Freeman

IDEAS AND CONSEQUENCES

FEE Is Expanding to Atlanta

DECEMBER 22, 2010 by LAWRENCE W. REED

From its founding in 1946 until 2010, the Foundation for Economic Education had one office: its headquarters near the Hudson River in Irvington, New York, less than one hour from New York City. Now, I am proud to announce, it has a second home in the heart of the South.

In early May 2010, FEE opened a branch office in downtown Atlanta. Located in Atlanta’s financial district, the office currently houses four staff members and is just three blocks from the site of five of FEE’s summer 2010 student seminars, the Georgia-Pacific building.

While FEE’s headquarters will remain in Irvington, there are many good reasons for a branch office in Atlanta. Local support is strong, and we are broadening our long-term geographical base. Operational costs are low, so we can be a better steward of donor dollars. Opportunities for FEE programs in the region are great, thanks to a major airport hub and the easy accessibility of the city.

FEE staff is already reaching out to the local community, working with local groups to spread the message of liberty and free enterprise into the schools and colleges in the region. One of many new lecture programs will be an occasional “Evening with FEE,” fashioned after the successful “Evening at FEE” programs at the Irvington headquarters.

The opening of this branch office is a testimony to FEE’s new growth and strong future. Our funding base is growing, our programs are reaching a record number of young people, our media exposure is soaring, and now we have a new office from which we can extend our reach. Supporters of FEE, such as yourself, are responding to our unique approach of combining free-market economics with the necessity of personal character, and we thank you. We hope you will continue your support as we enter this new phase of FEE’s exciting future.

See you in New York and Georgia!

ASSOCIATED ISSUE

January/February 2011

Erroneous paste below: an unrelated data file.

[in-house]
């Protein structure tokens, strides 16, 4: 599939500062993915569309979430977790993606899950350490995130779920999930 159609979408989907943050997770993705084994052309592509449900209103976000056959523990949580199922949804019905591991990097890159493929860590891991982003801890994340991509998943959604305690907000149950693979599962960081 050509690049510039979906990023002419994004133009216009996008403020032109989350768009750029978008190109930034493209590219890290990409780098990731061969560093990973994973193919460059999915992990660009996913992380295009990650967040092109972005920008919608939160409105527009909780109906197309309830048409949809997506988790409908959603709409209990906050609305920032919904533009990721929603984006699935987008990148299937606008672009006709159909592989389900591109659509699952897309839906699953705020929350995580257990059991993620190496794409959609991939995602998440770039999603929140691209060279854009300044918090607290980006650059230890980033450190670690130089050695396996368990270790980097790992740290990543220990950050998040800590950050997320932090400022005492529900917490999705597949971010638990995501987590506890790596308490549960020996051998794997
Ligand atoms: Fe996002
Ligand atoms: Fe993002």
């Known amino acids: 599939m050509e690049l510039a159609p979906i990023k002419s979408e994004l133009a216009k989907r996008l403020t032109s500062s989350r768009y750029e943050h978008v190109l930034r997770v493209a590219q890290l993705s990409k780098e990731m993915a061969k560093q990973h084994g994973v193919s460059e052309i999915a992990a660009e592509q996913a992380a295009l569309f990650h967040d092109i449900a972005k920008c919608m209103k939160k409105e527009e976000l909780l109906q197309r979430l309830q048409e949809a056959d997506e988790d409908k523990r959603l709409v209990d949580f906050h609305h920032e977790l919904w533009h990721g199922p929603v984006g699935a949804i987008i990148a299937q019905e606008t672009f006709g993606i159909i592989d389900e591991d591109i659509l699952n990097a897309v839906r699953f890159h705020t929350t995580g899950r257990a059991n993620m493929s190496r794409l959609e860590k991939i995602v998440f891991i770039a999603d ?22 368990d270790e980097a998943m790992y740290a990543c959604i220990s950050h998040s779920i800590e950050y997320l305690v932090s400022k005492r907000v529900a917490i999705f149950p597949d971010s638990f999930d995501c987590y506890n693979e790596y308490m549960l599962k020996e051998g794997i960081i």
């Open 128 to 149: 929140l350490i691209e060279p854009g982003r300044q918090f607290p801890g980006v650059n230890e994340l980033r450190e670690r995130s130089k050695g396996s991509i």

ABOUT

LAWRENCE W. REED

Lawrence W. (“Larry”) Reed became president of FEE in 2008 after serving as chairman of its board of trustees in the 1990s and both writing and speaking for FEE since the late 1970s. Prior to becoming FEE’s president, he served for 20 years as president of the Mackinac Center for Public Policy in Midland, Michigan. He also taught economics full-time from 1977 to 1984 at Northwood University in Michigan and chaired its department of economics from 1982 to 1984.

comments powered by Disqus

EMAIL UPDATES

* indicates required
Sign me up for...

CURRENT ISSUE

July/August 2014

The United States' corporate tax burden is the highest in the world, but innovators will always find a way to duck away from Uncle Sam's reach. Doug Bandow explains how those with the means are renouncing their citizenship in increasing numbers, while J. Dayne Girard describes the innovative use of freeports to shield wealth from the myriad taxes and duties imposed on it as it moves around the world. Of course the politicians brand all of these people unpatriotic, hoping you won't think too hard about the difference between the usual crony-capitalist suspects and the global creative elite that have done so much to improve our lives. In a special tech section, Joseph Diedrich, Thomas Bogle, and Matthew McCaffrey look at various ways these innovators add value to our lives--even in ways they probably never expected.
Download Free PDF

PAST ISSUES

SUBSCRIBE

RENEW YOUR SUBSCRIPTION